The Centers for Disease Control and Prevention reported in 2014 that somewhere between 50 and 70 million American adults have some kind of sleep or wakefulness disorder. That’s kind of mind-blowing. Why the staggering number of people who can’t get to sleep or who can’t achieve an adequate quality of sleep? Continue reading A Cultural Need for Yoga Nidra
A recent retiree was told by a well-meaning colleague, “Don’t do anything for a year. Just relax.” Unfortunately, the retiree took the advice and is now virtually immobile because a year of sitting around doing nothing wreaked havoc on his health. While we tend to think of our older years as a time to take it easy and rest, not doing anything is the worst possible thing we can do to ourselves. In fact, inactivity will likely decrease our quality of life just at the time we planned to enjoy life to its fullest. Continue reading Yoga for Seniors
Once again, yoga and meditation are in the news, this time as part of a multi-faceted approach to treating dementia. Continue reading Yoga and Meditation May Slow Progressive Dementia
It was almost two weeks between my first yoga class and my second. The instructor took medical leave for a week, and I was crazy busy ending one career and beginning a new one. But I was really looking forward to going again; it was nothing like the dread I felt as I thought about attending a second spinning class years ago. No, yoga is definitely a different beast. I wanted to see what I could learn, how I could change, and who I could become. No pressure.
As we pulled into the gym parking lot, I thought we’d arrived in Tibet. Were those prayer flags waving in the wind?! Um, no, my daughter pointed out, handing me my glasses, those were the yoga mats hanging out to dry over the railing. Oh, yoga mats! Riiiiight. I was off to a stellar start for Class Number Two.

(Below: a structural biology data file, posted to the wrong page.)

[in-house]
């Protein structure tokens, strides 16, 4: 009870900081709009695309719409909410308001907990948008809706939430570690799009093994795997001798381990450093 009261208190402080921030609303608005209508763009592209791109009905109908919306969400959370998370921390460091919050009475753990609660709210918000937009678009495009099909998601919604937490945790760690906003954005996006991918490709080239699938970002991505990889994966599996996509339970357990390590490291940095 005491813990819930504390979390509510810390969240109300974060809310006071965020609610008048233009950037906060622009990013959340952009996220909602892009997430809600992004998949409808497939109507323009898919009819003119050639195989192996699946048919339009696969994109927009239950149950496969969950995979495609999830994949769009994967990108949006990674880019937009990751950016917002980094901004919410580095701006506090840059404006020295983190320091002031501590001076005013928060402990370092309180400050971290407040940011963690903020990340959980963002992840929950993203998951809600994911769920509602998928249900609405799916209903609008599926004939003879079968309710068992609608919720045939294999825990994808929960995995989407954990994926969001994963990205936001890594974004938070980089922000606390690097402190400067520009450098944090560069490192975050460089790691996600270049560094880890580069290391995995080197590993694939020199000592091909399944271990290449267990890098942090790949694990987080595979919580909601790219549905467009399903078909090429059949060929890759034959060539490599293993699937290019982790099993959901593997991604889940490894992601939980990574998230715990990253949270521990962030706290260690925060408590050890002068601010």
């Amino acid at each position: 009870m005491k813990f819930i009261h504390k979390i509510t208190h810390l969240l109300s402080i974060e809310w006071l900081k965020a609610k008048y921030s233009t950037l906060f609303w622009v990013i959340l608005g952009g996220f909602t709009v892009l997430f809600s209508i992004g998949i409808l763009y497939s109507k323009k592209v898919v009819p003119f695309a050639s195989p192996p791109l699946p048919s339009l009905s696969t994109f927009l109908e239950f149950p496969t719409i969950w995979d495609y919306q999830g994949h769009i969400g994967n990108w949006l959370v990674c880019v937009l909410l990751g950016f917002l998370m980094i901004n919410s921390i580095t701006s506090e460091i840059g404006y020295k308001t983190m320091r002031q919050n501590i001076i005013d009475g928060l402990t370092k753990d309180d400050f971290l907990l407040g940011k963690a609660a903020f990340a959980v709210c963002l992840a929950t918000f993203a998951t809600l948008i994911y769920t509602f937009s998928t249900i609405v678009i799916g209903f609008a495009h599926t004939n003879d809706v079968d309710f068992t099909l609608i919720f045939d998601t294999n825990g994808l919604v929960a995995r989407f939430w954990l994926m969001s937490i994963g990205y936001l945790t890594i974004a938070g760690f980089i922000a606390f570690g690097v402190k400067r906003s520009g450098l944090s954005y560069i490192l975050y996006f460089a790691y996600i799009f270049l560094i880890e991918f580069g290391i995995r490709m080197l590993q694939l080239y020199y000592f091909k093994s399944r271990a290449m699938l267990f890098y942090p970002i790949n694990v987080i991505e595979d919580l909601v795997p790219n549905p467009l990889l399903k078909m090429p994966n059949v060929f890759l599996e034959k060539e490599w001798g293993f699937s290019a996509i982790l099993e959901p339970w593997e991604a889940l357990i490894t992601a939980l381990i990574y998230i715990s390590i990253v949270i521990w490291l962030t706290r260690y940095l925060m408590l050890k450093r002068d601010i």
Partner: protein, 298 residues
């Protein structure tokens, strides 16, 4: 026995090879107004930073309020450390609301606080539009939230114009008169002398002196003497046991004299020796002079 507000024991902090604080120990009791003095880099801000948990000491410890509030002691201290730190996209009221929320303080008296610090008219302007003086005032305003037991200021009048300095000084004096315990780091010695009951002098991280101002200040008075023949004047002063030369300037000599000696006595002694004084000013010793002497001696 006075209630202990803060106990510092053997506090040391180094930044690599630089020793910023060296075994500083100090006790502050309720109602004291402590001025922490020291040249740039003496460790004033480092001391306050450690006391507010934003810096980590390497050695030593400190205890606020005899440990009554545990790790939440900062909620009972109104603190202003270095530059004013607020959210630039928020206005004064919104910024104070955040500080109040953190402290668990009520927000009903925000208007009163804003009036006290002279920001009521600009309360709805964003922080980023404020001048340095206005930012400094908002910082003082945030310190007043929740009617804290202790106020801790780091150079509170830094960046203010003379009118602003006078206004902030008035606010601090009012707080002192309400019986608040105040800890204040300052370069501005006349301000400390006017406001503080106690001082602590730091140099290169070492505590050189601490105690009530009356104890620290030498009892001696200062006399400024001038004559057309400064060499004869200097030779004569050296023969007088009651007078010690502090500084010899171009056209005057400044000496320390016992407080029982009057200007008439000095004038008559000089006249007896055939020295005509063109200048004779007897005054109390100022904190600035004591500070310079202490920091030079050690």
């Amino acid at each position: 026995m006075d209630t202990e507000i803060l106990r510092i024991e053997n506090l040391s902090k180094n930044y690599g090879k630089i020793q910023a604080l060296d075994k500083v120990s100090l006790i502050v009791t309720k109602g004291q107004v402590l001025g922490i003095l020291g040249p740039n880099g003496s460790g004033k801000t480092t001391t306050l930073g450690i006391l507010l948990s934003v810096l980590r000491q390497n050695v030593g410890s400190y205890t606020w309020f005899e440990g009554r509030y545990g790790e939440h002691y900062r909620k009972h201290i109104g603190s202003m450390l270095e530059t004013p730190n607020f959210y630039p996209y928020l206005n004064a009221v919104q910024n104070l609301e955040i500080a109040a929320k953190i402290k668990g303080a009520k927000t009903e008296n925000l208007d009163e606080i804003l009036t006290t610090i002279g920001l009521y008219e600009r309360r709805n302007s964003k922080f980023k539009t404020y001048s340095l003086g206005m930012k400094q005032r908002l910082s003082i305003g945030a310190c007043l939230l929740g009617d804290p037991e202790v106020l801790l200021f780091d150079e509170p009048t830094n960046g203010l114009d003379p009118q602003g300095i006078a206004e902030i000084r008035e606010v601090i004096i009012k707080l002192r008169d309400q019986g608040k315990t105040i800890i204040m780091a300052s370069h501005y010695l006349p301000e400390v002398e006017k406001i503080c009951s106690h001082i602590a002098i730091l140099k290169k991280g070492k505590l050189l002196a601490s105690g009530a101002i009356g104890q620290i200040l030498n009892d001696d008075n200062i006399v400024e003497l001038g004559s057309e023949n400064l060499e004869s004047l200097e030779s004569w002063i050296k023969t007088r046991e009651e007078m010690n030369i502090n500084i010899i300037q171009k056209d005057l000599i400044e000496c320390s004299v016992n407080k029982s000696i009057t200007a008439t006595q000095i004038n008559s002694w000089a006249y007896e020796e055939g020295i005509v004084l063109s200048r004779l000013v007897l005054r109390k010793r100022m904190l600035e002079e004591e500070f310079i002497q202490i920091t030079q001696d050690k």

I managed to threaten/cajole/bribe my daughter into joining me since she’s leaving for college in a month and I want to spend as much time with her as I can before she abandons me (goes and does what she’s supposed to do). “Mom, I’m not a Yoga Person.” How can I argue with her? I don’t even know what a Yoga Person is! “Just do one class with me – then…” I left it open-ended, though I think she saw through it. Hers was an air of skepticism as we approached the gym.
Yoga Bob made room on the floor for my daughter to be next to me, saying it wouldn’t be cool for her to be behind everyone else. ‘Cause how would we know she wasn’t just sitting there laughing at us? She went and retrieved a prayer flag/yoga mat from the railing and got settled.
It was Ab Day. We did a lot of core balancing and strengthening poses and I tried really, really hard to last as long in a pose as I could, pushing myself to see just what my limits were (I have a tendency to want to give up more quickly than I really should). I shook a lot, lost my balance, but resumed the poses right away and kept on going. I stayed focused on what my body was achieving, where my mind was finding itself, and at the end of the class, I was content with where I was.
Maybe it wasn’t just bad eyesight that made me mistake yoga mats for prayer flags. There is or at least can be something prayerful about yoga. I have found in only two sessions that my mind doesn’t wander to my next writing assignment, or to what my daughter needs to pack for college, or back to an unnecessarily rude exchange with a customer service person. I stayed in the moment, mindful only of the immediate space in me, around me, and connecting me to those around me. Amen.